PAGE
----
Sheriff Alex Villanueva is scheduled to testify, under oath, on Friday about gang-like groups of officers operating at the Sheriff’s Department, after the US Second District Court of Appeals ruled.
“He has been ordered to do so,” Villanueva’s attorney, Linda Savitt, said Wednesday. “He will do it”.
The development is a major blow to Villanueva, who has been challenging the subpoena authority of the inspector general, both in court and by not showing up when summoned. He has said the subpoenas are politically motivated and harassing.
Governor Gavin Newsom granted subpoena rights to oversight bodies statewide when he signed Assembly Bill 1185 into law in September 2020.
Max Huntsman, the inspector general appointed by the Los Angeles County Board of Supervisors to oversee the Sheriff’s Department, issued the citation in February of last year.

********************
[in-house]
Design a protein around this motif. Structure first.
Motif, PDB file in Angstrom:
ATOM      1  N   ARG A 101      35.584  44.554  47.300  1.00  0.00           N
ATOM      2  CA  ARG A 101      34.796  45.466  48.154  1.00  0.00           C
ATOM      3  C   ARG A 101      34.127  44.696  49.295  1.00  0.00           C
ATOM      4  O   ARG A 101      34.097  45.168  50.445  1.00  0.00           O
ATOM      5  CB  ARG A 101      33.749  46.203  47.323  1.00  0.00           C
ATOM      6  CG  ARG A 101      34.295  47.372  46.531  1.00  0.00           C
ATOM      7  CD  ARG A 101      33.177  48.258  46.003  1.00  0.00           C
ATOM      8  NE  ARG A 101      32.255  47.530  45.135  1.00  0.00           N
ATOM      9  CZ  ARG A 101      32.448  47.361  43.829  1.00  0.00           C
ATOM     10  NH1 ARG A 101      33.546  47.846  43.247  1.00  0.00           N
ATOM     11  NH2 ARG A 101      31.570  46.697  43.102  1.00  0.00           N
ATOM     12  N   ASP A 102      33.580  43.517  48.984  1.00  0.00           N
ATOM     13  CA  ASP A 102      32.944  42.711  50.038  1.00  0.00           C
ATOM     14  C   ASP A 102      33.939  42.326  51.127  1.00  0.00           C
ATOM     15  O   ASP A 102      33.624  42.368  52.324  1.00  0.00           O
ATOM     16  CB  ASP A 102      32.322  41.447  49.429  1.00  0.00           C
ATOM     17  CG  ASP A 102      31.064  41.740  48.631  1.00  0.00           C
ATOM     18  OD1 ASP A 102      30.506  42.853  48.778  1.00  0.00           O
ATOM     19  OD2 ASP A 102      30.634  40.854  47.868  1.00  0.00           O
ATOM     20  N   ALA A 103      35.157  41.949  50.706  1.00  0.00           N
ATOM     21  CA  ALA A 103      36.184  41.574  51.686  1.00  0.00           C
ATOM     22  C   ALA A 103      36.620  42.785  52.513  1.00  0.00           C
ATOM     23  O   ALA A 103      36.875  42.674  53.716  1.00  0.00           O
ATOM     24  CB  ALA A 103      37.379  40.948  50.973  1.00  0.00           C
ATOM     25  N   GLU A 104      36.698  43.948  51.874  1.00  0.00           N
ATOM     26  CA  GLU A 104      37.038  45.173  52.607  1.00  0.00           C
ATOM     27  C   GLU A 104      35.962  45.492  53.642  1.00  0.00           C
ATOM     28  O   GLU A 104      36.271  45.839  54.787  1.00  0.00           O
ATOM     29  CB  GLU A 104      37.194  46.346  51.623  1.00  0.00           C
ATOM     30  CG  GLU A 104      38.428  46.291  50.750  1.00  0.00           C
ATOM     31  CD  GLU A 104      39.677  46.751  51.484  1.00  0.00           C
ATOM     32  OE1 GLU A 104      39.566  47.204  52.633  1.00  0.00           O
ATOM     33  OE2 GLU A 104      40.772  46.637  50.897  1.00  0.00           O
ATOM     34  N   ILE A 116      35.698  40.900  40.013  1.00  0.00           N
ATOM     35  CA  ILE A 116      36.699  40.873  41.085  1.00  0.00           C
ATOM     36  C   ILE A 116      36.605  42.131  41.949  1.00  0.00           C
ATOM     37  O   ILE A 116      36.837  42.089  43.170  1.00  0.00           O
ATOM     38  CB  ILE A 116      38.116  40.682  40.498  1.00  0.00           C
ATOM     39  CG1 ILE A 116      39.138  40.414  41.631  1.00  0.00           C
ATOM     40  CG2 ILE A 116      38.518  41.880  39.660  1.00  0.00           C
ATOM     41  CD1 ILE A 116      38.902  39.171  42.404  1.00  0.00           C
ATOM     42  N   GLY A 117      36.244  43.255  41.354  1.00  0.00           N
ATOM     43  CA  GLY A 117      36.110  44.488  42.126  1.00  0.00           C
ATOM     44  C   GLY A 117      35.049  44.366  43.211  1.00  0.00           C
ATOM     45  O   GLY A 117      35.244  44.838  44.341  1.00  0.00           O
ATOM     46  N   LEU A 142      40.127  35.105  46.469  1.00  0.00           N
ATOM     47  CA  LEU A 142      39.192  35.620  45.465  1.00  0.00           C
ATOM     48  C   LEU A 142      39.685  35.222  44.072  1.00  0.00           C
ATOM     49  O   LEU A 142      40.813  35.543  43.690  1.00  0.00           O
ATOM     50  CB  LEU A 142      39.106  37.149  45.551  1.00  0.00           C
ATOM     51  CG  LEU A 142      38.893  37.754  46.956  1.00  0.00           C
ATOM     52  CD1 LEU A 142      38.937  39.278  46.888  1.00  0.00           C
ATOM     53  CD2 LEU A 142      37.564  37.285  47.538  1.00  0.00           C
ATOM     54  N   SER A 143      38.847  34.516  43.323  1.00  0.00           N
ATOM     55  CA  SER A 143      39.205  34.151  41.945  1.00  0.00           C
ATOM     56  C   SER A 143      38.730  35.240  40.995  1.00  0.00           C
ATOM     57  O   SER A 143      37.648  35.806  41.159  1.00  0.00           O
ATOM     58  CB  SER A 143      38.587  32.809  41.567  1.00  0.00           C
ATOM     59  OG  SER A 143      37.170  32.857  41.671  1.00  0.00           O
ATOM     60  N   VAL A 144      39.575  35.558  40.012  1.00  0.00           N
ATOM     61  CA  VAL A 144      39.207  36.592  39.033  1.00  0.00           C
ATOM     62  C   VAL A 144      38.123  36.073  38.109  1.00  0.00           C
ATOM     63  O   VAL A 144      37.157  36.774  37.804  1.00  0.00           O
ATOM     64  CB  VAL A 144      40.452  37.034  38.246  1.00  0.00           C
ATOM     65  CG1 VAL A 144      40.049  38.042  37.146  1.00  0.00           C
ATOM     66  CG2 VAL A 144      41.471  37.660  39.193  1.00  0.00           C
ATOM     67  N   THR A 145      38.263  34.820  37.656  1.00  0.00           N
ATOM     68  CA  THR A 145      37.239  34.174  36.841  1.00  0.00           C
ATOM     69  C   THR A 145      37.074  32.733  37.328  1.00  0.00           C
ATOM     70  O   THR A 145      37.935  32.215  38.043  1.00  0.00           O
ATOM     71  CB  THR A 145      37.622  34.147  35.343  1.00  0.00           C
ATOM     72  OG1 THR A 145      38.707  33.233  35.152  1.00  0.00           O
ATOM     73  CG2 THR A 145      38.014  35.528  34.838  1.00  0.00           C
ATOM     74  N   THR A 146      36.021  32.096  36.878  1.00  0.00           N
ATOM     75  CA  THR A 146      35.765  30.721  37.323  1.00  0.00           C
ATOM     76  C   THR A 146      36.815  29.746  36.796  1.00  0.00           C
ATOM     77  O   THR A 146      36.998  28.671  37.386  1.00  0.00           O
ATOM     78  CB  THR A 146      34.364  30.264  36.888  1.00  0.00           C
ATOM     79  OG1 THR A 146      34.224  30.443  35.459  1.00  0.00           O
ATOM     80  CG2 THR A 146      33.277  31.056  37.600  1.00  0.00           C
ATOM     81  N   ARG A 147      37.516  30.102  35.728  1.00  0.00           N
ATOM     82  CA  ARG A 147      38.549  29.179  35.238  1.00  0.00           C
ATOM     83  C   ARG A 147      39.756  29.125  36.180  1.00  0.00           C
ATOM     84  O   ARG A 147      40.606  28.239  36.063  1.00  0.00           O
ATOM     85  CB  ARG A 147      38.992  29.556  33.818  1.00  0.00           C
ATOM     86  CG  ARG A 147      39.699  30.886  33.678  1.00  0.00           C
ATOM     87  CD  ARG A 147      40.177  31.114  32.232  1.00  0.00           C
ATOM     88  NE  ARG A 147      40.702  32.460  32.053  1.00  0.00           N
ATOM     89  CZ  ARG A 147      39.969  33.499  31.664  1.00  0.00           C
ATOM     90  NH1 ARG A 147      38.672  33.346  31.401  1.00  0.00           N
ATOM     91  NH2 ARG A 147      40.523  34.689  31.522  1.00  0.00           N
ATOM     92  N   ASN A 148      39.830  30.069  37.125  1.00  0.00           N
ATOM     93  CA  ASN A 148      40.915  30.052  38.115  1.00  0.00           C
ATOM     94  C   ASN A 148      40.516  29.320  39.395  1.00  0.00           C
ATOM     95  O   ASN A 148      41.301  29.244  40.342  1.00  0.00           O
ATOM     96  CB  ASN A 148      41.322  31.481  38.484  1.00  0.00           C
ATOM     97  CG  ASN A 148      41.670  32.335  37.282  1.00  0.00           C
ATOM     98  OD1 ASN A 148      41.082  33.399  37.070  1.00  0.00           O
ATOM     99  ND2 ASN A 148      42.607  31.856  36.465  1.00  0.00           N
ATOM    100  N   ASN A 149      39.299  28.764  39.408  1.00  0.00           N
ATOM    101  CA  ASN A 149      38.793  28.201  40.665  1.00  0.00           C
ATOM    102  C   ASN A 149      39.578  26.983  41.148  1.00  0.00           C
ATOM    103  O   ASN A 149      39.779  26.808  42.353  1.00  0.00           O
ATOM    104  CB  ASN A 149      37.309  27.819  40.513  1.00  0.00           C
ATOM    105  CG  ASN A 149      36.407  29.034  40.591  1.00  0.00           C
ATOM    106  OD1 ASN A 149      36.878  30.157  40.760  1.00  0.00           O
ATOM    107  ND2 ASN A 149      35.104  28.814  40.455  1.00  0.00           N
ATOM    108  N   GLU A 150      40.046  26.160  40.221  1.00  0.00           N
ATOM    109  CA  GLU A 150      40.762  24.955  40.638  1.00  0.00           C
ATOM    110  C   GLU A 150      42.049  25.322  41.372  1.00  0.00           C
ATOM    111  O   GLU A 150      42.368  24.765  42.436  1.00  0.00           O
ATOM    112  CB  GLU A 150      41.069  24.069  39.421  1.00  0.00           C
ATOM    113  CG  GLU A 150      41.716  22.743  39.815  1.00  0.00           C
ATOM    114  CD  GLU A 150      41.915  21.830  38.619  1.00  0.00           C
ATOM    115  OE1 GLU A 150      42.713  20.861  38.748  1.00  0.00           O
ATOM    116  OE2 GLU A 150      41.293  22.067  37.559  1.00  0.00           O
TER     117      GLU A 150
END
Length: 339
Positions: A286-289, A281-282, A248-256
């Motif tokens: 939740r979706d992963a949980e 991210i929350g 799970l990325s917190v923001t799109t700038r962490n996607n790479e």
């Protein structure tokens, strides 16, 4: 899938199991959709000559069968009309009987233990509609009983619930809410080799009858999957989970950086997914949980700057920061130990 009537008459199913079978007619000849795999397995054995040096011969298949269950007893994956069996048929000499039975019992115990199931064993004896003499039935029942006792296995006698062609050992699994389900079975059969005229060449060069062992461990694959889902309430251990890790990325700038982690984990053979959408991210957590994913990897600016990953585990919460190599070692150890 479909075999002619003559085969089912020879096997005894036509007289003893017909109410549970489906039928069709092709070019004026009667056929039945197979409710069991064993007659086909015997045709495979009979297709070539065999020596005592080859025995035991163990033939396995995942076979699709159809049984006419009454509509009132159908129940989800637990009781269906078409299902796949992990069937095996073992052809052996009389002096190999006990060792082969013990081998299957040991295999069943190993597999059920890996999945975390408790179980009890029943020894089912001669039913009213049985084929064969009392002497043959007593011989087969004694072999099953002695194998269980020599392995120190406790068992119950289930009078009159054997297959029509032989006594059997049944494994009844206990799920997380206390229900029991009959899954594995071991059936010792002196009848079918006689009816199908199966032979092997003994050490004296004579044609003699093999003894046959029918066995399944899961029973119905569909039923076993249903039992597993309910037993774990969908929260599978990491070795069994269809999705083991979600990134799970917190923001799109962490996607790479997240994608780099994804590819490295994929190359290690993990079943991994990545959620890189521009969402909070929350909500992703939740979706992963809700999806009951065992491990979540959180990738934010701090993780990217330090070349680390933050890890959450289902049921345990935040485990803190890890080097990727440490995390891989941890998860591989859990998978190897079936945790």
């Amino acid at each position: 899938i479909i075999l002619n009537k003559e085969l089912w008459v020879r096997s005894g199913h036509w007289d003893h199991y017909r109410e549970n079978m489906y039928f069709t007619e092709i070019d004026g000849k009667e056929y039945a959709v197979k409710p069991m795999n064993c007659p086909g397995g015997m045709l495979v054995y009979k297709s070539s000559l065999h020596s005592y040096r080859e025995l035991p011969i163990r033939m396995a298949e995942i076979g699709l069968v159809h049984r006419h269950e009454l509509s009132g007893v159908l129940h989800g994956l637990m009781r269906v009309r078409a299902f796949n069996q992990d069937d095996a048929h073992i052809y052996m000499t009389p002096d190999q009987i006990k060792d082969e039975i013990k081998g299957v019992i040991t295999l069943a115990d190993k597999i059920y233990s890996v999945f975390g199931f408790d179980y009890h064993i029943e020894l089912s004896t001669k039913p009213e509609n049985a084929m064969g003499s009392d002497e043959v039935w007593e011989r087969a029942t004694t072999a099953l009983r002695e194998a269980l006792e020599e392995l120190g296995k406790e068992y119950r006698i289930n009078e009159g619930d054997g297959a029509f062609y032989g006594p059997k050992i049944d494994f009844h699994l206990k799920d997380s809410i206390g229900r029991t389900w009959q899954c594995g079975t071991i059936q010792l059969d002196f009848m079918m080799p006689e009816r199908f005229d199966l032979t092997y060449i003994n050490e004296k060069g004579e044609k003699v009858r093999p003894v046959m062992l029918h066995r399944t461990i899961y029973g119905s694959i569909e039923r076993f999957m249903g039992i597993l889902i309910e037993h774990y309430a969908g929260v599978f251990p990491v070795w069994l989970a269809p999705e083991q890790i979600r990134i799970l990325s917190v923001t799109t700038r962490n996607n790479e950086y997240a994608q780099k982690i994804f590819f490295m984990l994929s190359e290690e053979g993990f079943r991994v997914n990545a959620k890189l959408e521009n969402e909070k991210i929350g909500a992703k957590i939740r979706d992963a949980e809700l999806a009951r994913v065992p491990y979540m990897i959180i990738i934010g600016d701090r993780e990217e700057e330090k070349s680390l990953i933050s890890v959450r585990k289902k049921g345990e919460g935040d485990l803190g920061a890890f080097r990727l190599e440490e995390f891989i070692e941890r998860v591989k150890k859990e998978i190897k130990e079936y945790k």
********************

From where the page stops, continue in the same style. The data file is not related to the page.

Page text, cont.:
At the time, Huntsman said Villanueva made what he considered “somewhat confusing” comments about efforts to eradicate cliques and enforce a new policy that bans any group of deputies that violates people’s rights. The groups, which go by nicknames like Banditos and Verdugos, have been accused of using violent and aggressive police tactics and of celebrating officer shootings.
The sheriff appeared voluntarily in September to answer questions, but Huntsman cut the interview short when Villanueva refused to give his answers under oath.
The county then took him to court, resulting in a Superior Court judge this month ordering Villanueva to comply by testifying under oath within 21 days.
Villanueva issued a statement saying he planned to appeal the ruling.
“These subpoenas are political theater and if they are successful, I will be the first elected official subjected to this heavy-handed abuse of power,” he said.
His challenge was denied.